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View From the Street: Police Leaders Share Their Perspectives on Urgent Policy and Research Issues Facing Law Enforcement in 2010 and Beyond - Panel at the 2010 NIJ Conference

NCJ Number
234758
Date Published
June 2010
Length
7 pages
Author(s)
Stephanie Stoiloff; J. Michael Ward; Bernard K. Melekian; Charles Wellford
Agencies
NIJ
Publication Type
Presentation (Multimedia), Presentation, Policy, Legislation/Policy Analysis, Conference Material
Annotation
This audio and transcript of a panel presentation at the 2010 NIJ 2010 Conference covers the comments of three police leaders about their perspectives on issues and programs that pertain to policies, programs, and technology in which their agencies have been involved.
Abstract
Stephanie Stoiloff - who commands the Forensic Services Bureau for the Miami Dade Police Department in Miami, FL - discusses the features and benefits of her agency's gun buyback program ("Gun Bounty") and use of mobile fingerprinting devices by officers in the field. The Gun Bounty program enables the agency to obtain ballistic information from the guns bought and trace their use in crimes known to the police, which facilitates locating suspects through the person who submitted the gun to receive money under the Gun Bounty program. The mobile fingerprint device enables officers to identify persons stopped by taking their fingerprints and determining whether they are on file in the Automated Fingerprint Identification System (AFIS). The second presenter - J. Michael Ward II, the Chief of the Alexandria Police Department (Kentucky) - discusses how a small, rural police agency uses training and cooperation with larger departments to achieve greater cost-effectiveness. Frontline officers are trained in multitasking; for example, training patrol officers to manage crime-scenes and drawing on the technologies of larger agencies to enhance data collection and analysis. The third presenter - Bernard K. Melekian, Director of the Office of Community Oriented Policing Services (COPS) and former police chief in Pasadena, CA , the fourth largest law enforcement agency in Los Angeles County - discusses police credibility, public trust, and connection with diverse populations in a community; achieving police legitimacy in interaction with the community; and achieving an integration of technology and community policing.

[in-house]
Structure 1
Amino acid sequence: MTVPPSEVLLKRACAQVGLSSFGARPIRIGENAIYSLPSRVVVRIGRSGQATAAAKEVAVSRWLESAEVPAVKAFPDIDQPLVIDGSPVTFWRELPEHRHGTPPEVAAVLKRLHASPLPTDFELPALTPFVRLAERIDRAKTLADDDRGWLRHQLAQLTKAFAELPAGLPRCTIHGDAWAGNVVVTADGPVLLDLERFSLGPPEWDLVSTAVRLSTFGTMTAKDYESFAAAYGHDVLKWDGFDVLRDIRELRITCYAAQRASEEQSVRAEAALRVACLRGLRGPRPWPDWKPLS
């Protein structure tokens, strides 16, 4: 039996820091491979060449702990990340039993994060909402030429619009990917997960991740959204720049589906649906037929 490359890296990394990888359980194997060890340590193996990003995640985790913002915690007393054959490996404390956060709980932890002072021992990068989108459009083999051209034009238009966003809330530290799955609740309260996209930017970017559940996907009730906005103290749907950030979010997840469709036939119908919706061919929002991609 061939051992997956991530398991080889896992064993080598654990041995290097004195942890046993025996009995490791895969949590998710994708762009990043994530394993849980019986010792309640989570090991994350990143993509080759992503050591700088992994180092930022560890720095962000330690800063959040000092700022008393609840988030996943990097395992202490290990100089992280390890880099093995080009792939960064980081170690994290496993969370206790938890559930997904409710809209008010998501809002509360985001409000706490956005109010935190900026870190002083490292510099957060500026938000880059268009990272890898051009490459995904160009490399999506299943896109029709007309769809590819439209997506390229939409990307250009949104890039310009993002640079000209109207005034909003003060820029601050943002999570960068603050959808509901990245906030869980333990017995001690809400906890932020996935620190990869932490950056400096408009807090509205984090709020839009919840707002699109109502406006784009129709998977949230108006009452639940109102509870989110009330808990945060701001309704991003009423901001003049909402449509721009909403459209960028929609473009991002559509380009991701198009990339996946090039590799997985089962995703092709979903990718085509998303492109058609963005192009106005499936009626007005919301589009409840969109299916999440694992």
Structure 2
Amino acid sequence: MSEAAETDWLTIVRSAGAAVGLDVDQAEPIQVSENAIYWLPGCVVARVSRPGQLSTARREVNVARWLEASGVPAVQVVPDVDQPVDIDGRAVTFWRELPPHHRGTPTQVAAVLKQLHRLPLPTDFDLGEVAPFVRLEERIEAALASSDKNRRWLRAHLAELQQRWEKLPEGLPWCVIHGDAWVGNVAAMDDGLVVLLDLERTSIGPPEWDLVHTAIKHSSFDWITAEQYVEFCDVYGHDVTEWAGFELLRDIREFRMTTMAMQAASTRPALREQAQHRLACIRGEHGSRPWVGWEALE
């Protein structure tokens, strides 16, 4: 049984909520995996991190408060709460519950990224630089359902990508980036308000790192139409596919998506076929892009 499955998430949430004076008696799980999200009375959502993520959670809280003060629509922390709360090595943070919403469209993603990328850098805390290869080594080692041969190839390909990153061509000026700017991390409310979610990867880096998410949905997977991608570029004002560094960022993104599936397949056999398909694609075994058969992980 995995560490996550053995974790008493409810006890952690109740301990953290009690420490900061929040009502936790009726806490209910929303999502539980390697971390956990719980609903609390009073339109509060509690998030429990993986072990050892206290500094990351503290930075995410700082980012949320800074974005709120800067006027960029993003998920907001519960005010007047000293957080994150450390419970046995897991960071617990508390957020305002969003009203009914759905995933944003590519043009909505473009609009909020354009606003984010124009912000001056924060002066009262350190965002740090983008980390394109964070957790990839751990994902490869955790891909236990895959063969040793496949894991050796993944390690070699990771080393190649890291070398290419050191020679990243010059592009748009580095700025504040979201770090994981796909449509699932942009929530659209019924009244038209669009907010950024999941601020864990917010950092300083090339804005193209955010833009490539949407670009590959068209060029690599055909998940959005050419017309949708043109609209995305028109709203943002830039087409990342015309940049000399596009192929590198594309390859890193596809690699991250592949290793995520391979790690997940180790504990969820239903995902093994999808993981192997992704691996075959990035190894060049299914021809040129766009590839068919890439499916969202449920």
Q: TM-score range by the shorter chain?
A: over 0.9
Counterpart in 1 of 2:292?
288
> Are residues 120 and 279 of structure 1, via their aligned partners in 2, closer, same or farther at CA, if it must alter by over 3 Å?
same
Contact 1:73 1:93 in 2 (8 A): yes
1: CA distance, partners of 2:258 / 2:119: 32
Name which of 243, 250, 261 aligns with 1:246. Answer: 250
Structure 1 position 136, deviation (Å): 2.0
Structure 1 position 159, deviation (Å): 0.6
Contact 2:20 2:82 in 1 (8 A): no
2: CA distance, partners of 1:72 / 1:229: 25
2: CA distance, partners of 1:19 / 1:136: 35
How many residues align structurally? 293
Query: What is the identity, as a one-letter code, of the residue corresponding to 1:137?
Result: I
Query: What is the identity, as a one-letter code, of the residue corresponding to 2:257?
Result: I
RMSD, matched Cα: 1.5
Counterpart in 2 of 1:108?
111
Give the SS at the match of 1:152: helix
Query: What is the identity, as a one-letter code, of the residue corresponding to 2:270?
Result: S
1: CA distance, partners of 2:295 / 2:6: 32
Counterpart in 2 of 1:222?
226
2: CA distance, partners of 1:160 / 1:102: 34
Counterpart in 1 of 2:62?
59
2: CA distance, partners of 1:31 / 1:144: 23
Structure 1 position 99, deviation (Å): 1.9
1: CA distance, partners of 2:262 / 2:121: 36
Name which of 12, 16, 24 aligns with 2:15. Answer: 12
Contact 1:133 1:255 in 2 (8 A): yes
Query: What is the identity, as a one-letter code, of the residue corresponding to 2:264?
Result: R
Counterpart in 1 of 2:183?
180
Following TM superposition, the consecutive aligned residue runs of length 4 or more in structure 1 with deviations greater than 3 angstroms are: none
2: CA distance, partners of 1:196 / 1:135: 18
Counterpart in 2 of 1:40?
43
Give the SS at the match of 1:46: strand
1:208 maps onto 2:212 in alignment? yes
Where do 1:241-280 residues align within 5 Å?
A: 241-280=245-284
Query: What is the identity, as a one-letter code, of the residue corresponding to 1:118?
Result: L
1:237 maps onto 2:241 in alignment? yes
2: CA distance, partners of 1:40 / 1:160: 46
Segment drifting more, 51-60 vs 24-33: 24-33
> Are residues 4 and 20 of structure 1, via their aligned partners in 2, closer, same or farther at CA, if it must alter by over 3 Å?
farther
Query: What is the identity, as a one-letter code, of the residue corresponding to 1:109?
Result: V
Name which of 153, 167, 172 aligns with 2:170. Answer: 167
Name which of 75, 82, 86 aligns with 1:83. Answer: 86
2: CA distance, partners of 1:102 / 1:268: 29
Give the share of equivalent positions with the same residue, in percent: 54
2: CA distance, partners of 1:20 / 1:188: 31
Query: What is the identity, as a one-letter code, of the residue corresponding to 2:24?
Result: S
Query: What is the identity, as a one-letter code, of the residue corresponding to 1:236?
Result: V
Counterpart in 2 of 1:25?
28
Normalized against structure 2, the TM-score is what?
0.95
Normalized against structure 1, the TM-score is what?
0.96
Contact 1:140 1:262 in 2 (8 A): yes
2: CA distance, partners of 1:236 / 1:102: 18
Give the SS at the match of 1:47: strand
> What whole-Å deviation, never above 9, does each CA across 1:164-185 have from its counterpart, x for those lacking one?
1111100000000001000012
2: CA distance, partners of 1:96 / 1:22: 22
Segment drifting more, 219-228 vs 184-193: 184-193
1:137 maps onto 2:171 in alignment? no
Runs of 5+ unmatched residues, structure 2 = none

Date Created: April 8, 2019